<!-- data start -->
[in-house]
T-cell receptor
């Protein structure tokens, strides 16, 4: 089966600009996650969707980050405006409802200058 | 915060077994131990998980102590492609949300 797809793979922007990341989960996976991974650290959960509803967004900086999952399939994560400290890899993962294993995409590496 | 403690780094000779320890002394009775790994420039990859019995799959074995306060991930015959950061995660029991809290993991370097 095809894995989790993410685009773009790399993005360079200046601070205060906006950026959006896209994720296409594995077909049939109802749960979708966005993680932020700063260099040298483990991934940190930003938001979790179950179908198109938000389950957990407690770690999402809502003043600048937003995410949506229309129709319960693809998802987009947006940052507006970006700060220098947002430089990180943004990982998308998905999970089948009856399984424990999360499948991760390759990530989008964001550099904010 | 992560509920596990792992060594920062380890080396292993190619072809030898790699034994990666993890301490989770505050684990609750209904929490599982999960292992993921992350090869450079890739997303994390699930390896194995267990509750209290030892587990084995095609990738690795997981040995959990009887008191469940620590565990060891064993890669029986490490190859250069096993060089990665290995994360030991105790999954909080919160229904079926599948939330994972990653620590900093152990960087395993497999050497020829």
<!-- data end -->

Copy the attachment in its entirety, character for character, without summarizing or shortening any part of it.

[in-house]
T-cell receptor
């Protein structure tokens, strides 16, 4: 089966600009996650969707980050405006409802200058 | 915060077994131990998980102590492609949300 797809793979922007990341989960996976991974650290959960509803967004900086999952399939994560400290890899993962294993995409590496 | 403690780094000779320890002394009775790994420039990859019995799959074995306060991930015959950061995660029991809290993991370097 095809894995989790993410685009773009790399993005360079200046601070205060906006950026959006896209994720296409594995077909049939109802749960979708966005993680932020700063260099040298483990991934940190930003938001979790179950179908198109938000389950957990407690770690999402809502003043600048937003995410949506229309129709319960693809998802987009947006940052507006970006700060220098947002430089990180943004990982998308998905999970089948009856399984424990999360499948991760390759990530989008964001550099904010 | 992560509920596990792992060594920062380890080396292993190619072809030898790699034994990666993890301490989770505050684990609750209904929490599982999960292992993921992350090869450079890739997303994390699930390896194995267990509750209290030892587990084995095609990738690795997981040995959990009887008191469940620590565990060891064993890669029986490490190859250069096993060089990665290995994360030991105790999954909080919160229904079926599948939330994972990653620590900093152990960087395993497999050497020829």